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Executive Functioning Assessment in Psychoeducational Domains

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My CPA 2006 workshop on assessing within these domains. Item content has been removed for test security purposes. Slides have been put in place to indicate where test content was removed (for clarification and continuities sake).

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Executive Functioning Assessment in Psychoeducational Domains

  1. 1. Assessment of Executive Functioning in Psychoeducational Domains CPA 2006 Michael Decaire, M.A. Clinical Measurement Consultant Harcourt Assessment / PsychCorp 1-866-335-8428 [email_address] http://www.harcourtassessment.ca http://psychoed.thedatabase.org (powerpoints)
  2. 2. Agenda <ul><li>Executive Functioning an Introduction </li></ul><ul><li>EF in Schools </li></ul><ul><li>Assessment </li></ul>
  3. 3. Executive Functioning An Introduction
  4. 4. Definition <ul><li>Executive Functioning as a defined term is a relatively recent development (a caution!) </li></ul><ul><li>A fluid definition! </li></ul><ul><li>Previously assessed primarily by neuropsychologists </li></ul><ul><li>Most recently it has moved to the domain of psychoeducational assessment as its contributions towards academic difficulty and the benefits of disorder specific remediation have become better known. </li></ul>
  5. 5. A Working Definition <ul><li>Executive Functions are higher order cognitive skills associated with the ability to engage in independent, goal-directed behavior. </li></ul><ul><ul><li>Draw on fundamental skills to generate higher levels of creative & abstract thought </li></ul></ul><ul><ul><li>May result in obvious behavior disorder or subtle problems with behavioral regulation </li></ul></ul><ul><li>Also known as dysexecutive syndrome </li></ul>
  6. 6. A Working Definition <ul><li>Due to the wide ranging complexity of executive functioning it is difficult to produce an accurate single statement to describe the construct or the disorder. </li></ul><ul><li>As a result it is frequently described by the nature of the dysfunction and the general symptom pattern </li></ul><ul><ul><li>Impairments in executive functioning have been linked to dysfunction of the frontal lobes </li></ul></ul>
  7. 7. Defining Executive Functions <ul><li>There is certainly a debate regarding how we should exactly define executive functioning or executive functioning impairments </li></ul><ul><ul><li>Fortunately the assessment of these domains seems to have transcended the bantering of theorists </li></ul></ul><ul><ul><li>Examining their work, however, does help us better understand what exactly is going on here </li></ul></ul>
  8. 8. Defining Executive Functions <ul><li>Martha Denkla warns us that we should avoid turning executive functions into the neuropsychologist’s “g” </li></ul><ul><li>Yet other theorists have jumped on this idea (Elkhonon Goldberg refers to executive functions as the “S”(for smart) Factor). </li></ul><ul><li>Paradoxically, both Denkla and Goldberg use the analogy of the Orchestra Conductor as a metaphor and support structure for executive processes at work. </li></ul>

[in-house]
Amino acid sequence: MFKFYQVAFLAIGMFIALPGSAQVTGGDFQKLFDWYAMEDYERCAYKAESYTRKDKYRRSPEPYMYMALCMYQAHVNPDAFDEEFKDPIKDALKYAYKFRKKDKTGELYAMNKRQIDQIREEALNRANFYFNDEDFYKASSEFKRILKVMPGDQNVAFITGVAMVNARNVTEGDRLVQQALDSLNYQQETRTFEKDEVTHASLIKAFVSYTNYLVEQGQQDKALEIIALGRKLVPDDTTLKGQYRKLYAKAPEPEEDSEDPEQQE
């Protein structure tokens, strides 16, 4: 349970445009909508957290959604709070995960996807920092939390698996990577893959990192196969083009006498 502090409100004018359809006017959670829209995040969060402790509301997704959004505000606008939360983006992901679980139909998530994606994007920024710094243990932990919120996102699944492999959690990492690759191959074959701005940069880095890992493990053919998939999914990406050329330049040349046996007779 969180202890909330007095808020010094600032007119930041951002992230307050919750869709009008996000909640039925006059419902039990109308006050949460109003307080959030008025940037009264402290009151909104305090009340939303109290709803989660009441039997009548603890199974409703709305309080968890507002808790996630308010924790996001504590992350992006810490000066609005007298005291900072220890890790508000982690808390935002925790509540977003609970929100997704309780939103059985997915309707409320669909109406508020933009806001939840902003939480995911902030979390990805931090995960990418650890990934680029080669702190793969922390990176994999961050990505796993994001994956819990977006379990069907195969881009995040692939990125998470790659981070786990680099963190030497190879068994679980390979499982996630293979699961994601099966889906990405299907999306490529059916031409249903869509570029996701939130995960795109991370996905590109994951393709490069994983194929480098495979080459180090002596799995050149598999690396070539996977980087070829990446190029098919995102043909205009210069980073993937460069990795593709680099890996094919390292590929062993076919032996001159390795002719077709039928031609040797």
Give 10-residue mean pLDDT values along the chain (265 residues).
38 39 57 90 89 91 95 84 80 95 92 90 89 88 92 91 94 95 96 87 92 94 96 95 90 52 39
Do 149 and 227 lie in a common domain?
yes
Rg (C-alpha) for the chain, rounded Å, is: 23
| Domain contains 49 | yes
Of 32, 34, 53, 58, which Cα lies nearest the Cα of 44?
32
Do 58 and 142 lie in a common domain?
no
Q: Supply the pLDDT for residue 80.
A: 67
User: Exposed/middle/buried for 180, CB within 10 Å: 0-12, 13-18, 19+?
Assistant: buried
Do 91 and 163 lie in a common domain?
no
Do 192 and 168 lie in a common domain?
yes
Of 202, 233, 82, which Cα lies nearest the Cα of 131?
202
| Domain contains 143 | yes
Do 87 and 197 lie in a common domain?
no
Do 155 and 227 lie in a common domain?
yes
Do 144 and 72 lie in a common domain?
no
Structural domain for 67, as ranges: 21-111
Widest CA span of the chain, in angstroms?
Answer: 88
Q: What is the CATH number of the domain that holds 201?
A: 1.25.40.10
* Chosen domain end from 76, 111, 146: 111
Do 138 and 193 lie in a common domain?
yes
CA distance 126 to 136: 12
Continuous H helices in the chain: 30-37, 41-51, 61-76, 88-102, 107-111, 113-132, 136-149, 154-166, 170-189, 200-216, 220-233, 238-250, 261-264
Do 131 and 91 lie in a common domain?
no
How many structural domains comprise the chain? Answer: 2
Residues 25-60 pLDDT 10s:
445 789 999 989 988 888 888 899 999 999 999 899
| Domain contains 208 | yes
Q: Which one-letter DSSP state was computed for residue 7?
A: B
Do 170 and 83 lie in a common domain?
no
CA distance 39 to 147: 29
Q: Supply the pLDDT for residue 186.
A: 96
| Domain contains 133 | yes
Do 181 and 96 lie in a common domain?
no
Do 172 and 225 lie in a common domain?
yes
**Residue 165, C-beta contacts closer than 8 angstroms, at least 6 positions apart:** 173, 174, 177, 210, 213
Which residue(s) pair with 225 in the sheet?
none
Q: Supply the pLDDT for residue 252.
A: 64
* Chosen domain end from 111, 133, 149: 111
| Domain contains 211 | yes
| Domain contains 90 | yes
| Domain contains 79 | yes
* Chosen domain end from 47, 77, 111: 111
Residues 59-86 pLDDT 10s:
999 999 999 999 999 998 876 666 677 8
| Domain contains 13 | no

9. 9. EF as Conductor of the Brain’s Orchestra <ul><li>The simple orchestra conductor analogy feeds into the ‘g’ style or “S” model approach of Goldberg </li></ul><ul><li>However, this is likely a real underestimation of the complexity of executive functions and falsely suggests we can look for a single score to represent executive capabilities </li></ul><ul><li>For practical everyday problem-solving in a more concrete manner, it is better to stick with a concept of a system of interrelated “semi-conductors” rather than posit a single conductor. </li></ul>EF =Cognitive Ability
  10. 10. How about this? =Cognitive Ability EF EF EF EF
  11. 11. That’s Better! =Cognitive Ability EF EF EF EF EF EF EF EF EF EF
  12. 12. So what does EF entail? Spirit Mind Body Motor Emotion Cognition Self Determination Self Realization Self Generation Trans-Self Integration Infancy Late Adulthood Self-Regulation }
  13. 13. Good Executive Functioning <ul><ul><li>mental flexibility </li></ul></ul><ul><ul><li>set formation and maintenance </li></ul></ul><ul><ul><li>behavioral initiation/productivity </li></ul></ul><ul><ul><li>planning </li></ul></ul><ul><ul><li>self-monitoring </li></ul></ul><ul><ul><li>abstract reasoning/concept formation </li></ul></ul><ul><ul><li>Inhibition of impulsive/pre-potent responses </li></ul></ul><ul><ul><li>rule learning </li></ul></ul>
  14. 14. Executive Functioning Deficits <ul><li>Disinhibition - lacks behavioral control, impulsive </li></ul><ul><li>Perseveration - repeats non-functional behavior, inability to change behavior despite corrective feedback, difficulties learning from experience </li></ul><ul><li>Forgetfulness - off-task behaviors, mental errors, loses track of what they were doing </li></ul><ul><li>Inefficiency - takes more steps to complete task than necessary </li></ul><ul><li>Difficulty understanding consequences and cause-effect relationships </li></ul><ul><li>Frequently violate rules despite apparent knowledge of the rules </li></ul><ul><li>Apathetic - lacks motivation, does not set goals, </li></ul><ul><li>engages in behavior only when prodded </li></ul>
  15. 15. Executive Functioning Deficits <ul><li>Difficulties accessing knowledge </li></ul><ul><li>Concrete thinking </li></ul><ul><li>Emotional lability </li></ul><ul><li>Poor frustration tolerance </li></ul><ul><li>Disorganized </li></ul><ul><li>Inconsistent performance on tasks </li></ul><ul><li>within ability range </li></ul><ul><li>Difficulties coping with change </li></ul><ul><li>Poor judgment </li></ul>